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Unread 03-26-2012, 10:41 AM   #1
mcfalt
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Gear ratio change

OK, this is my first jeep. It's a '93 YJ with stock fuel injected V6. I just put a rubicon 4" lift kit on it with 33" mud tires and now, of course, fifth gear is useless. I'm told I need to change the gear ratio but I have no clue how to go about doing that and no idea of what it will cost. Any help would be appreciated.

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Unread 03-26-2012, 10:51 AM   #2
notmyj
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Quote:
Originally Posted by mcfalt View Post
OK, this is my first jeep. It's a '93 YJ with stock fuel injected V6. I just put a rubicon 4" lift kit on it with 33" mud tires and now, of course, fifth gear is useless. I'm told I need to change the gear ratio but I have no clue how to go about doing that and no idea of what it will cost. Any help would be appreciated.
The engine is an inline 6, not a V-6

As for the gear ratio... you open up a can of worms... What is your intended use of this jeep? what kind of terrain, do you intend on going off road or do you just like the look of a big jeep on the street? If offroad, what kind of terrain? i.e. mud, un maintianed roads, light trails, or rocks?

The reason I ask is because a gear swap can get very expensive. The rear axle in your jeep is a Dana 35. Its notorious for being un reliable on 33's. If you plan to go offroad and need a lower gear (numerically higher) you would be better off doing an axle swap to an Ford 8.8 from an Explorer with 4.10's and swaping in a front axle from a 4cyl/5spd YJ to match.

However, if your just going to be mainly street driving, then swapping a set of axles from a 4cyl YJ would probably be your cheapest way out. But know that even on the street, the D35 has been known to break.

Personally, I would advise against any "upgrade" to the D35 rear axle. The 8.8 would be the wise long term investment. The 4cyl D35 swap would be the best "right now" fix.

Spend some time just hanging out here and reading everything you can. Learn from our mistakes and misfourtunes, it will save you thousands down the road.
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If it has tracks, tires or tits, its gonna cause a problem.

"Everytime someone "upgrades" a D35, an angel looses its wings."

"Dizzy" - What SnoopDog would call a Distributor if he was a mechanic. I cringe every time I hear this moronic term

Quote:
Originally Posted by Warren Zevon
Send lawyers, guns and money. The **** has hit the fan...
92, 4.0, AW4, 8.8, D30, 15x10, 37's, SOA etc, etc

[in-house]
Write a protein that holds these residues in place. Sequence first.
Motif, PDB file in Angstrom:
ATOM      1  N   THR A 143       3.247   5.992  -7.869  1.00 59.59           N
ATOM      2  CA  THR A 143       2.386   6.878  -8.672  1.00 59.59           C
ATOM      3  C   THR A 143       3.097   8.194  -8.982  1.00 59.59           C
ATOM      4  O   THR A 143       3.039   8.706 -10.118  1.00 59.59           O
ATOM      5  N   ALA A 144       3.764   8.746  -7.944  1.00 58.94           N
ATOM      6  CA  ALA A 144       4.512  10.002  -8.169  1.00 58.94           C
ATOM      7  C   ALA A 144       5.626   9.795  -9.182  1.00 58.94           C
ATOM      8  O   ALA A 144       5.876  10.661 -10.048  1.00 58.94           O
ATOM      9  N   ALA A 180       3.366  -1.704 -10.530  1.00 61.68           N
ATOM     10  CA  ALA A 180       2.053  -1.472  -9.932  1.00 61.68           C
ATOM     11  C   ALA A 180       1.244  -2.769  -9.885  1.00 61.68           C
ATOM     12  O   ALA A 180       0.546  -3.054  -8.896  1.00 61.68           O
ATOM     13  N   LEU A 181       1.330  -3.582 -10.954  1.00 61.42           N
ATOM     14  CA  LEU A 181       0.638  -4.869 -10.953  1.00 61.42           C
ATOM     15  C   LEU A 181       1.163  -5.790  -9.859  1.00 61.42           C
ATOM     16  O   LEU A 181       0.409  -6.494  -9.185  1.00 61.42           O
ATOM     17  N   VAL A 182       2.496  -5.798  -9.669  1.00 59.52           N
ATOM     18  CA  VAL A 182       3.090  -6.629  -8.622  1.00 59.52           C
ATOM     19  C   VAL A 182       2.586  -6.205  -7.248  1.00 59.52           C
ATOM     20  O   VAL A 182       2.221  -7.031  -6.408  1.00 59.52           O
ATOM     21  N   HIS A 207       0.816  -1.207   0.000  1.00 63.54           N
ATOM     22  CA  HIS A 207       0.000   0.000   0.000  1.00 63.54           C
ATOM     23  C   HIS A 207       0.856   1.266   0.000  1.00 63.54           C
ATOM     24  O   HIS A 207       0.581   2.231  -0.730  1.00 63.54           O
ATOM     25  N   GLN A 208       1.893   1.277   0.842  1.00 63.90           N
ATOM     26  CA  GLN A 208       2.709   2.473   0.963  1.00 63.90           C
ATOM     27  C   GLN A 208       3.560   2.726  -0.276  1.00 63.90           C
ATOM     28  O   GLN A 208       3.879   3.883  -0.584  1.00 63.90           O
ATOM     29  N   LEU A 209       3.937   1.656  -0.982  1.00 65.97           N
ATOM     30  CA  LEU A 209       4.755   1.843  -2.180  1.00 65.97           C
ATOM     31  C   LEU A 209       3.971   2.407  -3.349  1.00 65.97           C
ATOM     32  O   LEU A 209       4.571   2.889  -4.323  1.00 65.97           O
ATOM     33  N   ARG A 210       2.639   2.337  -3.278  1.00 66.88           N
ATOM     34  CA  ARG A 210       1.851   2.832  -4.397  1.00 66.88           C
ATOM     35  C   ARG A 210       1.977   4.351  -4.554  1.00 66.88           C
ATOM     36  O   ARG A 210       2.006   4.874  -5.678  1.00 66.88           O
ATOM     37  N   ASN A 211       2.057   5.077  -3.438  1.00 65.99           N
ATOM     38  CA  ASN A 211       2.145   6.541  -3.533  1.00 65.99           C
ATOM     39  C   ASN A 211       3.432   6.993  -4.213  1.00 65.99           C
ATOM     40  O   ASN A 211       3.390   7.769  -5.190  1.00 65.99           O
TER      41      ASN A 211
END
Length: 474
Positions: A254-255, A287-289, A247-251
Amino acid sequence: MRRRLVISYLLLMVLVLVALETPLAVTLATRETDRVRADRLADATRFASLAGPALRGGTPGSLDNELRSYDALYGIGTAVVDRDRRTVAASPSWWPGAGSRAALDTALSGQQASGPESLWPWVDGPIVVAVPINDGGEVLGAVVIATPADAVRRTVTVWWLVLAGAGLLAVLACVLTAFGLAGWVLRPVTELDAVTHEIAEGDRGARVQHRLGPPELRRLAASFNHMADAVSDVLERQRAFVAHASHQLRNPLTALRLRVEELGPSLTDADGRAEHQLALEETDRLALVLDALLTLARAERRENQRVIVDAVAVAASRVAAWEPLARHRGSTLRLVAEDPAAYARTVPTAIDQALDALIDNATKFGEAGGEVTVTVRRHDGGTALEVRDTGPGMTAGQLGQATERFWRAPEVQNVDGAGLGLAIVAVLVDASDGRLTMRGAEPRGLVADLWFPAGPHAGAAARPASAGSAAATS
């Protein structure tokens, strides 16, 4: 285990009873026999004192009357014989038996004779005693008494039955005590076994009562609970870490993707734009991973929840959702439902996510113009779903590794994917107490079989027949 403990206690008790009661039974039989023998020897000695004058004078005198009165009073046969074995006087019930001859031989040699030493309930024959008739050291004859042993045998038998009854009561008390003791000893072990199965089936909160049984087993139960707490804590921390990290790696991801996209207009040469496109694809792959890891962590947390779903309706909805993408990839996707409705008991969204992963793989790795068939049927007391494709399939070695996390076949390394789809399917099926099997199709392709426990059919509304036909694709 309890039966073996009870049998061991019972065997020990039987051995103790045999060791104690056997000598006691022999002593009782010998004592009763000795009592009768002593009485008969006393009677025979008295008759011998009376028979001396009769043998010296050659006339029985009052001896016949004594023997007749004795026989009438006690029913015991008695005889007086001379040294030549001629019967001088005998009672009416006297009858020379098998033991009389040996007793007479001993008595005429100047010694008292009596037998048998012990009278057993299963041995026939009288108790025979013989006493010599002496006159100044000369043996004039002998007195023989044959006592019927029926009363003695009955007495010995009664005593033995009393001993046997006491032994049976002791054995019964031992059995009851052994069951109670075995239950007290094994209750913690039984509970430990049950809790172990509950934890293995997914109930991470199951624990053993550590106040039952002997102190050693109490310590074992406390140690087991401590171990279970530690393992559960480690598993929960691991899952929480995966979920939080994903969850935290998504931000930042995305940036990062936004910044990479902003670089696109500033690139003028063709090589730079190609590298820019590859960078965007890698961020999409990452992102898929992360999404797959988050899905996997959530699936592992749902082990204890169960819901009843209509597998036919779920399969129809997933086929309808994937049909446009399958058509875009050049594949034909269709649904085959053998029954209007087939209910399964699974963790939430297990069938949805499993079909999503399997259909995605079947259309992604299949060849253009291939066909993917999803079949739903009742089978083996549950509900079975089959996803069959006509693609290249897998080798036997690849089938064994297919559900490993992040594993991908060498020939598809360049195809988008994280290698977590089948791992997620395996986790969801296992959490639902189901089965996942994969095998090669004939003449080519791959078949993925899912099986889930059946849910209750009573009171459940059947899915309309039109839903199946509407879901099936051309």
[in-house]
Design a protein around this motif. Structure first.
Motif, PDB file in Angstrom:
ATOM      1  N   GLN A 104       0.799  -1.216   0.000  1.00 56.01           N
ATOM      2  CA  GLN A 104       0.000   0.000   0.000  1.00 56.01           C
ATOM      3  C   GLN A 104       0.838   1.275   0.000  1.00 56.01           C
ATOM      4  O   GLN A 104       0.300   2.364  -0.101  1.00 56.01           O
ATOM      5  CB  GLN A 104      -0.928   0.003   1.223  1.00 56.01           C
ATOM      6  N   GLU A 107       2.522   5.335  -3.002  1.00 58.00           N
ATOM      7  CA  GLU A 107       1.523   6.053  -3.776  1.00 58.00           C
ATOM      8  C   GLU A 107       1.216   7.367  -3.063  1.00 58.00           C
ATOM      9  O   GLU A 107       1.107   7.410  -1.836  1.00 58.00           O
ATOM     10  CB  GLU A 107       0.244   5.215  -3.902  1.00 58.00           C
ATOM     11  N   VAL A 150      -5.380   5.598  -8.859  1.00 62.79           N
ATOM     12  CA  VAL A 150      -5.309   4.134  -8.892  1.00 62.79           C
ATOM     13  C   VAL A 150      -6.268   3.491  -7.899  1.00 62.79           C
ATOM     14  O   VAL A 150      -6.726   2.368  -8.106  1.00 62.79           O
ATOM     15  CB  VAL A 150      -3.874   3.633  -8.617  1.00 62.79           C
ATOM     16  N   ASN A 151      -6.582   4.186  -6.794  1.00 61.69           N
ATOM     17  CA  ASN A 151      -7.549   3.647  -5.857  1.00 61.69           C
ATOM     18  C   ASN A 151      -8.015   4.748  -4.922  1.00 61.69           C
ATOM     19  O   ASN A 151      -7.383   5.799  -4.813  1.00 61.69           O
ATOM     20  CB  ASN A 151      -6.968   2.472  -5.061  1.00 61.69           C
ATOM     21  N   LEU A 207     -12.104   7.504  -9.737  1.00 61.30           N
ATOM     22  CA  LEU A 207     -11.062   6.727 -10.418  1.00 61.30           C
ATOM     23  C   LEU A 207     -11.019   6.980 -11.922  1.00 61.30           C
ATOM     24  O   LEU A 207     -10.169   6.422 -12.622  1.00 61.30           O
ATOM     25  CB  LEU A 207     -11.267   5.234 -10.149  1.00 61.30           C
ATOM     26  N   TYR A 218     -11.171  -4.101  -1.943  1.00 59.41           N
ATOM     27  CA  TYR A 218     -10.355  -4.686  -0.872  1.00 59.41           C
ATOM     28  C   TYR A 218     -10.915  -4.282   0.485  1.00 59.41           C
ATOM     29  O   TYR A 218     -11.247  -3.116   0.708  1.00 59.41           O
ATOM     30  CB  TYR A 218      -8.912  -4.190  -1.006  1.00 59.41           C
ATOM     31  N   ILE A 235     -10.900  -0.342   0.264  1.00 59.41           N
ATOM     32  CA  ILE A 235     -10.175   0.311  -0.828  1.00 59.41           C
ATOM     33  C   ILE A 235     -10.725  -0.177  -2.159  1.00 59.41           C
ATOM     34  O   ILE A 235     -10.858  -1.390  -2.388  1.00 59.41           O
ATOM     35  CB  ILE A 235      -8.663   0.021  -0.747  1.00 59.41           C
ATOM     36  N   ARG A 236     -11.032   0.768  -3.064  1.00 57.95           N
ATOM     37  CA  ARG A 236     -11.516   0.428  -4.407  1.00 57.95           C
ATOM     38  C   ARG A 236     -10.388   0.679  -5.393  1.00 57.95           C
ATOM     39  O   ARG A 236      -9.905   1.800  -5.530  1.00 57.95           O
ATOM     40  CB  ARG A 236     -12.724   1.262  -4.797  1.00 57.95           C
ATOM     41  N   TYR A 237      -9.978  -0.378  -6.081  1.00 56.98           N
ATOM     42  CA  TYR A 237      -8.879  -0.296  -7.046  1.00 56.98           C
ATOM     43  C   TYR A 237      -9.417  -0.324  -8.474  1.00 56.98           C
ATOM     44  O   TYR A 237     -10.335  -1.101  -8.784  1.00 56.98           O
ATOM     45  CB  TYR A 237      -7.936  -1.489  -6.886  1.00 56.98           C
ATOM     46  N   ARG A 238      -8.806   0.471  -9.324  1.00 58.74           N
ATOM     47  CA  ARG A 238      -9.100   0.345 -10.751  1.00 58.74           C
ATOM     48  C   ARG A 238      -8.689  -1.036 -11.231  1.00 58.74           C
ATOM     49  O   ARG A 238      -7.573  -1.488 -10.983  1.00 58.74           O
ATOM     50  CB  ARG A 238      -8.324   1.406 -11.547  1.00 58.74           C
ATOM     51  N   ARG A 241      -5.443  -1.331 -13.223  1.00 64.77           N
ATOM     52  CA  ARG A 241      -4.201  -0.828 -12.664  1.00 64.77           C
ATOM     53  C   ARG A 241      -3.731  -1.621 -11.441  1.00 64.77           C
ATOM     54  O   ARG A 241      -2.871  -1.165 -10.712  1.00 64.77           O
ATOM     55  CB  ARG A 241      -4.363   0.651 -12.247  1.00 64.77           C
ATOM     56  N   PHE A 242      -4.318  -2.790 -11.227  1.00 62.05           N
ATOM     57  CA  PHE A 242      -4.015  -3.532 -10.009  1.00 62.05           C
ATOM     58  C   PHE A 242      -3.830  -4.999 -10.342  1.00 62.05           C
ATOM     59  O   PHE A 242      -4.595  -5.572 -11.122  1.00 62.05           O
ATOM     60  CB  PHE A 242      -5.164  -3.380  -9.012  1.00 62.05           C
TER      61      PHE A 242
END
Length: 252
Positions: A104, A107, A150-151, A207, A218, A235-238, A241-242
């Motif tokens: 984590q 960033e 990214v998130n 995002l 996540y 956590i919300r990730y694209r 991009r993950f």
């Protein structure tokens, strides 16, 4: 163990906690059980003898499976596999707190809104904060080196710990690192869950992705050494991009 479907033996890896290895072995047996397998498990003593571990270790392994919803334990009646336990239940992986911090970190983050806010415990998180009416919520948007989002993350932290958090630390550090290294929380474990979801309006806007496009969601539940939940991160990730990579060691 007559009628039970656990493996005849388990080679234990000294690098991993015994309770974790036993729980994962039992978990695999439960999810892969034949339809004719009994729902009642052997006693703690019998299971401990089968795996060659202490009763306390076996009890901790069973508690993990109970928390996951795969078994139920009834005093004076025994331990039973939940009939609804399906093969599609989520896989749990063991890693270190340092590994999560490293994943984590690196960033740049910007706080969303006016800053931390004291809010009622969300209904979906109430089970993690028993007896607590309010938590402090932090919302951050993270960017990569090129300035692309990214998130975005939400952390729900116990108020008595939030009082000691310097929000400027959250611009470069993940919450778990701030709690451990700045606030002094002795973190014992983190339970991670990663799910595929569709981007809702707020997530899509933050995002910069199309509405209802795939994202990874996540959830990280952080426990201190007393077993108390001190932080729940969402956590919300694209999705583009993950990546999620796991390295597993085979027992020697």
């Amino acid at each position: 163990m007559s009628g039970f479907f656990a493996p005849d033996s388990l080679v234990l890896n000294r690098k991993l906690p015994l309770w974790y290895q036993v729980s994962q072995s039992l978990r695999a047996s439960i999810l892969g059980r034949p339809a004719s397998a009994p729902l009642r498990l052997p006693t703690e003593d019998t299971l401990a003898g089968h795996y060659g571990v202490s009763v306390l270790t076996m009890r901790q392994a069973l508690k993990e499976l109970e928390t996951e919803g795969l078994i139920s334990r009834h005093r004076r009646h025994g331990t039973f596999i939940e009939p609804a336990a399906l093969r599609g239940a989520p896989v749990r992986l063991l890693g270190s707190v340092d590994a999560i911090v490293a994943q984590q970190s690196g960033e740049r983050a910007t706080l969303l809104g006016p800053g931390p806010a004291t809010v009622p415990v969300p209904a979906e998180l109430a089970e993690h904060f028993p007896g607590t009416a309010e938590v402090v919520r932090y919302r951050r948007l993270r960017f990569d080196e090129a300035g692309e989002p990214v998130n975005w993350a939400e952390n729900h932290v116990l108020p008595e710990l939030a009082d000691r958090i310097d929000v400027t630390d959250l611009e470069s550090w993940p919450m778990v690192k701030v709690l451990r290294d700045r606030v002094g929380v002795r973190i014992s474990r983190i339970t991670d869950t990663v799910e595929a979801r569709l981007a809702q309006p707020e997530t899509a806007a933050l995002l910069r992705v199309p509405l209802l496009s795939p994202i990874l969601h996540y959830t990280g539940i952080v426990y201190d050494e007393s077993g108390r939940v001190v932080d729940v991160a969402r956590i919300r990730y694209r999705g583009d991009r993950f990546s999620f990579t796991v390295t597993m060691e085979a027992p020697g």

92, 2.5, 30, 8.8, 4.88, Locked, Winch, 15x8, 35's, 3.5" (RIP)
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Unread 03-26-2012, 10:56 AM   #3
mcfalt
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Thanks

Hey, thanks for the help. I do take it offroad on light trails and mud, nothing too crazy though. I guess a trip to the junk yard for the ford axle is in my near future.
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Unread 03-26-2012, 10:57 AM   #4
TrentYJ
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I definitely agree with notmyyj on this one. The model 35 is just a fairly weak rear end especially with big tires. I would get an 8.8 or a dana 44 before dropping over a grand on new gears. It's time to start diggin that money pit.
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Unread 03-26-2012, 02:14 PM   #5
mcfalt
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Found

Thanks...found a complete 97 explorer 8.8 with 4.10 ratio for $350 at the junk yard. looking for the front axle now.
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Unread 03-26-2012, 03:01 PM   #6
notmyj
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Do your research. The 8.8 swap is not a direct bolt in.
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If it has tracks, tires or tits, its gonna cause a problem.

"Everytime someone "upgrades" a D35, an angel looses its wings."

"Dizzy" - What SnoopDog would call a Distributor if he was a mechanic. I cringe every time I hear this moronic term

Quote:
Originally Posted by Warren Zevon
Send lawyers, guns and money. The **** has hit the fan...
92, 4.0, AW4, 8.8, D30, 15x10, 37's, SOA etc, etc
92, 2.5, 30, 8.8, 4.88, Locked, Winch, 15x8, 35's, 3.5" (RIP)
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Unread 03-26-2012, 03:25 PM   #7
pete1991YJ
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If you want a front axle with 4.10 gears to match the ford 8.8. then look for a front axle from a 4-cylinder YJ. All the 4-cylinder 5-speed YJ's had 4.10's.
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Unread 03-26-2012, 04:17 PM   #8
Dumpsterfish
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Quote:
Originally Posted by pete1991YJ View Post
If you want a front axle with 4.10 gears to match the ford 8.8. then look for a front axle from a 4-cylinder YJ. All the 4-cylinder 5-speed YJ's had 4.10's.
This advice is relevant to my interests, as Iím preparing to swap the 8.8 under my YJ this weekend. Plenty of 4 cyl YJ parts around me, and Iím thinking that swapping a front end geared to 4.10 would save some dough over rebuilding the current oneÖbut is this a direct bolt up? Anything to watch out for in the junkyards?
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Unread 03-26-2012, 04:35 PM   #9
notmyj
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Its a direct swap. Get new ubolts, and make sure the one from the junk yard isn't filled with water and isn't damaged.